Great customer experience management starts with a view of the big picture. But, let’s not get ahead of ourselves here. Customer experience is a big field, and it covers a lot of topics that we’ve discussed in the past like; marketing, support, product management, sales and a lot more. So, if you’re in charge of customer experience as a whole, you’ve got a lot on your plate.
How can you be proficient in all of these fields to a level where you’ve mastered customer experience management? From the description above, it almost sounds like you’d have to be a god-like being, excelling in every aspect of customer service, in order to handle all of the intricacies involved here. Well, there are days that demand a lot, and there are days where it’s easy.
A customer’s experience involves the entire interaction a customer has with your product or service, from being made aware of the product through marketing or hearsay to buying it. It involves research, comparisons, competitors, trying a product, committing to a service. Customer experience involves support issues at all stages of the lifecycle. It involves the response of the customer, and feedback ( to family, friend, colleagues, or online etc).
From a company perspective in regards to a consumer, it’s the entire shebang.
In the modern world, with the advent of modern internet for research, communications and commerce there are a lot of multidimensional factors to consider.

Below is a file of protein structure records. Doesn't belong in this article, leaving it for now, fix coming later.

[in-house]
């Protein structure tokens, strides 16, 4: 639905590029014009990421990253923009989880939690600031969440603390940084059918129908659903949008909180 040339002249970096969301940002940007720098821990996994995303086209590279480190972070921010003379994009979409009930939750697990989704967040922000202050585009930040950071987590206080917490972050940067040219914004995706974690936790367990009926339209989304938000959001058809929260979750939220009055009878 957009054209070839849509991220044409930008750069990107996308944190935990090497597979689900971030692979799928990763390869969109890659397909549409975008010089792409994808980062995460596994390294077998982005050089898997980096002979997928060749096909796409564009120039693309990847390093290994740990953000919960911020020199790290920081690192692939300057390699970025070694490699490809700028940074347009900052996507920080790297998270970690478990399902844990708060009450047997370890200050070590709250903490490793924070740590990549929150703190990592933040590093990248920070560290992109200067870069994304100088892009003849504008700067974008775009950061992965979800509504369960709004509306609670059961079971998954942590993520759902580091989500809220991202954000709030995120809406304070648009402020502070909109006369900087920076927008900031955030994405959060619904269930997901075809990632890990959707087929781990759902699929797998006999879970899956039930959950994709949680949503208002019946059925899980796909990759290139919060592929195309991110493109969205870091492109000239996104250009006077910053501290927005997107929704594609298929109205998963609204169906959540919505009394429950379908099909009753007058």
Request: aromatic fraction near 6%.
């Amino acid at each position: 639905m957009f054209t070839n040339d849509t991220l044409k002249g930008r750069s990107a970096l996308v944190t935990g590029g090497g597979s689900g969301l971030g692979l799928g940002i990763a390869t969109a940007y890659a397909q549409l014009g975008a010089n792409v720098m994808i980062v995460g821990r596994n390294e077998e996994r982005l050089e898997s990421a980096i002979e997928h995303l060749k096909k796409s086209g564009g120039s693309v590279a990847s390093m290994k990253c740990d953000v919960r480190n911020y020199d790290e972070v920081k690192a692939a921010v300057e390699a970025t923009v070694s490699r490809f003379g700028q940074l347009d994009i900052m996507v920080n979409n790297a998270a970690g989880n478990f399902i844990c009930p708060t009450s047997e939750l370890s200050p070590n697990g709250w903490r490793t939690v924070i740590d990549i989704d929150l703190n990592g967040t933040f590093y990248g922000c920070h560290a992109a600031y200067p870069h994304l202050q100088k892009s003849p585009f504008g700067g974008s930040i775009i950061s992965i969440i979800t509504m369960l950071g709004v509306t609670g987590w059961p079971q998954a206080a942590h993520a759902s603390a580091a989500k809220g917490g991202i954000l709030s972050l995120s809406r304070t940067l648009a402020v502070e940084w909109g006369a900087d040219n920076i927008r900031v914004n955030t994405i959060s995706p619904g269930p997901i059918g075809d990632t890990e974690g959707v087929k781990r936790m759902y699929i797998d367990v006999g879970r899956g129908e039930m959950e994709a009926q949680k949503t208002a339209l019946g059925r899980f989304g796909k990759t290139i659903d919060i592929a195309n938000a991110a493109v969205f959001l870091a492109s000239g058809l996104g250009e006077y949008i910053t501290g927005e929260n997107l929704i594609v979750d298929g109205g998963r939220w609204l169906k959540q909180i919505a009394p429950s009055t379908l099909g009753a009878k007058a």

The Big Picture
Great customer experience management starts with a view of the big picture; How will this all play out?
By focusing on a visual picture of the entire process, you can not only see the various places the customer comes from (to learn of, study, and use your product), but you can also see the holes and potential pitfalls. Plan how to battle your competitors and provide the right information to consumers.
Mapping out a picture also predicts where customers will discuss how the product or service affected them, and what they do or don’t like. Cover your bases evenly, makes sure you get all the feedback you can – something the product managers you work with will thank you for.
Be Web Savvy
But, aside from the technicalities that go into mapping, you need to have an understanding of the human element of customer behavior. Sociology and psychology play a huge part in the customer service channels out there; especially online. You need to be web savvy. There’s no longer any excuse for not knowing all the more popular and useful social networks, search engines, sites and large web communities related to your product or service. You need to engage on these platforms, so that you can predict trends, patterns and directions a customer will take in researching, discussing and even purchasing your product or service.
Customer experience management is, as I said, a big responsibility, but instead of worrying about being an absolute expert in every category under this field, just focus on the tips that I’ve outlined. Take a look at the big picture and you will be off to a great start